When one of my Grandma's beloved beagles chopped down on my nose, bit me hard and made me cry, I knew I would be to blame. I must have looked at it wrong, or spoke in the wrong tone. Something. Never mind the fact that I was a kid, and loved the stupid dog and did nothing to harm it. I just remember we were sharing a moment - he was looking me in the eye - and tried to eat my face.
My baby pictures were soon replaced by pictures of show dogs.
I think it's fair to say I'm carrying with me some baggage.
Greg's parents are animal people: they raise and show llamas, have 4 cats and 3 large dogs. The newest dog, a standard poodle, travels with them; they adore him. But he wasn't used to kids in his house, making kid noises, carrying kid toys. He was jumpy, and later, pushy with the kids, pulling on Zack's sweatshirt to move him around.
Poor Zack. He's afraid of dogs, and no amount of reassurance helped, especially when the dog had a good 20 pounds on him.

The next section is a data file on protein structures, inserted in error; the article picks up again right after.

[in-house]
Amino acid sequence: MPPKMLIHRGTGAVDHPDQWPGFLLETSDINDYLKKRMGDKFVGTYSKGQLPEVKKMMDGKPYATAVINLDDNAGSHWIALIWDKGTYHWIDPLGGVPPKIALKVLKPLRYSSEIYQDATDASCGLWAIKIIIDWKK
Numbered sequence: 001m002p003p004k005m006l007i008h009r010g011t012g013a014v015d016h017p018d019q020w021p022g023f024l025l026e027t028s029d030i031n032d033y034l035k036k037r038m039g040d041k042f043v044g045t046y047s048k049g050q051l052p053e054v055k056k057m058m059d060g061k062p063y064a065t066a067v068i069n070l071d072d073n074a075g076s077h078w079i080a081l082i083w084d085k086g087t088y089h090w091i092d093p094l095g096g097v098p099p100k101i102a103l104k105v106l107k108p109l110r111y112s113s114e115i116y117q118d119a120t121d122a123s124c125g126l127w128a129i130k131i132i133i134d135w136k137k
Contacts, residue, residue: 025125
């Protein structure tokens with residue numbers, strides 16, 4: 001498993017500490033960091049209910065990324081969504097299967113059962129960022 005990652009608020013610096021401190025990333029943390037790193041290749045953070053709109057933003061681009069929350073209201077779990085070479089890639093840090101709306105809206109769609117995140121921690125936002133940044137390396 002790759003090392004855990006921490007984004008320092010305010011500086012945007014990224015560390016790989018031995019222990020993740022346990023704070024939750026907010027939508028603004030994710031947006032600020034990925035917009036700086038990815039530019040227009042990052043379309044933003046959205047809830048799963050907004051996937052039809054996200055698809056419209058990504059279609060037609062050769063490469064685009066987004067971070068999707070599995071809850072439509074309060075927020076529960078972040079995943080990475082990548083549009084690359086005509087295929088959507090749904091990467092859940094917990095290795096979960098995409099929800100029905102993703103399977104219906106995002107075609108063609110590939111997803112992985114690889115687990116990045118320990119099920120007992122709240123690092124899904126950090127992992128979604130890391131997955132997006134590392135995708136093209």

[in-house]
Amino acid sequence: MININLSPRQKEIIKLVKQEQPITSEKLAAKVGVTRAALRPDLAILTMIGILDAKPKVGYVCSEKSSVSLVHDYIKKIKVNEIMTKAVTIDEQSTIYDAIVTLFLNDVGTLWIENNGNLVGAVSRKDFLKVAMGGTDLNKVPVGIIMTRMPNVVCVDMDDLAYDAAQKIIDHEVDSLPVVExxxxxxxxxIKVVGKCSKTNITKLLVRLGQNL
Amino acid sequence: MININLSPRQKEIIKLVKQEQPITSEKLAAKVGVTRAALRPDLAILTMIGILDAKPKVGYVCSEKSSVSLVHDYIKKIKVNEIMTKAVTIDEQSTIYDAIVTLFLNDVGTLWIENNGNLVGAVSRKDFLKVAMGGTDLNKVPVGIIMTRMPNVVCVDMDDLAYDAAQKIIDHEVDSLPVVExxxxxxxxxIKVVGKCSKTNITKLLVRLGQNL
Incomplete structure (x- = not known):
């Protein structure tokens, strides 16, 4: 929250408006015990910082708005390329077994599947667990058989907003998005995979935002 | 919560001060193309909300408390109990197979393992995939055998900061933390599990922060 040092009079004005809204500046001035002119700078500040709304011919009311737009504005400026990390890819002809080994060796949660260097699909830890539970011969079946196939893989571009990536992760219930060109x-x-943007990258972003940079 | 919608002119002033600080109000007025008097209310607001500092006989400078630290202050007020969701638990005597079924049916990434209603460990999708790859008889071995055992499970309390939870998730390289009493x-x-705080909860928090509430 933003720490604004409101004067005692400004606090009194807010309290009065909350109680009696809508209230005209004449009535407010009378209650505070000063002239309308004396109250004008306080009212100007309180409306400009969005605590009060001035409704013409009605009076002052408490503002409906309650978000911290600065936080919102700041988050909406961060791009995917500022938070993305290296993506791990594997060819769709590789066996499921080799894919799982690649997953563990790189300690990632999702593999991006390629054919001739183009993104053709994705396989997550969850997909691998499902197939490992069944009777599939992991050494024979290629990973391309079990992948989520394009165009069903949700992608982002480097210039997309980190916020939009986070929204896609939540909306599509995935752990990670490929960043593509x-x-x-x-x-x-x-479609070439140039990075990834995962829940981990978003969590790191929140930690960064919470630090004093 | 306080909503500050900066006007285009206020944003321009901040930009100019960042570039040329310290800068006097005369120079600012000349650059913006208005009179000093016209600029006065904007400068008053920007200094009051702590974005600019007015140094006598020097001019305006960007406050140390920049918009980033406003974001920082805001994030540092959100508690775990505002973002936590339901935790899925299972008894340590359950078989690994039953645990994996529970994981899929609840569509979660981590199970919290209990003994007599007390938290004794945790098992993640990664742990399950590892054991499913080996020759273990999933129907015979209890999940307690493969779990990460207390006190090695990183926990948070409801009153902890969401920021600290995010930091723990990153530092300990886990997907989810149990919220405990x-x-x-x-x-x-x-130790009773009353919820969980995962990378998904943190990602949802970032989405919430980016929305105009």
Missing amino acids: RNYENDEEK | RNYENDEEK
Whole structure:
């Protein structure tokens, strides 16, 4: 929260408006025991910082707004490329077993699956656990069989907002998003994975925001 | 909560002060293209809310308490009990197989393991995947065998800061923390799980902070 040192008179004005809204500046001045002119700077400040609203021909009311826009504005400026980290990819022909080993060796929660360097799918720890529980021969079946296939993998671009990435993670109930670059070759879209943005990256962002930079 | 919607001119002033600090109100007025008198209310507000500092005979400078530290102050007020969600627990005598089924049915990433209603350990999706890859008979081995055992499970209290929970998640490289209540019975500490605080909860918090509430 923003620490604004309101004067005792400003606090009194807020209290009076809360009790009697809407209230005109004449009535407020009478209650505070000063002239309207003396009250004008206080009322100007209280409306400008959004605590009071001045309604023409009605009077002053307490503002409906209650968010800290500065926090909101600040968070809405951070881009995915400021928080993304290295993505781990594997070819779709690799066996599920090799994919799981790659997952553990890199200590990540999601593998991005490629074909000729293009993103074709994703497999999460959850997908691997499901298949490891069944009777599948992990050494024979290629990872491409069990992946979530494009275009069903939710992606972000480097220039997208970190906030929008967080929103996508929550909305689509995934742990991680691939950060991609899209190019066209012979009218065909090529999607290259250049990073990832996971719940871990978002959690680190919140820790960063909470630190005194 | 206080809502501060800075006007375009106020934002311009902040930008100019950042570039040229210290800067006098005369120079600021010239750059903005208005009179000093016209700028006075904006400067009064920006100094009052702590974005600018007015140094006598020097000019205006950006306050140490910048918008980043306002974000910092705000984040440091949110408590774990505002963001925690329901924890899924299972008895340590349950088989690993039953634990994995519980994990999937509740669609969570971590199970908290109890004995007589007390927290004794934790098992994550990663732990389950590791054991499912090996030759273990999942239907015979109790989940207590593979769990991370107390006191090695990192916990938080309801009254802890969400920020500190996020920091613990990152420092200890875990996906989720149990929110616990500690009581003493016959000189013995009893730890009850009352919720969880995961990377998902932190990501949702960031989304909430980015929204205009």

I had to choke back a bitter laugh when he was being instructed to be the alpha dog, to be the pack leader. Like he's Cesar Millan, age 6.
I woke up the first morning we were there, angry. My whole life I've tolerated pesky pets, taken second place, been instructed on my failings, being a beta dog and all.
I sat in bed and it came to me: I just don't care. It's not my thing. I care, deeply, profoundly, about being a strong woman; a treasured wife, a tender mom. And while I really don't wish any dog ill - step off PETA, I don't - I'm sick of feeling like there is something wrong with me because I don't want to spend my days, using a deep voice, asserting myself.
I suck at being the top dog. It's unpopular in my family circles, but there it is.
I can live with it.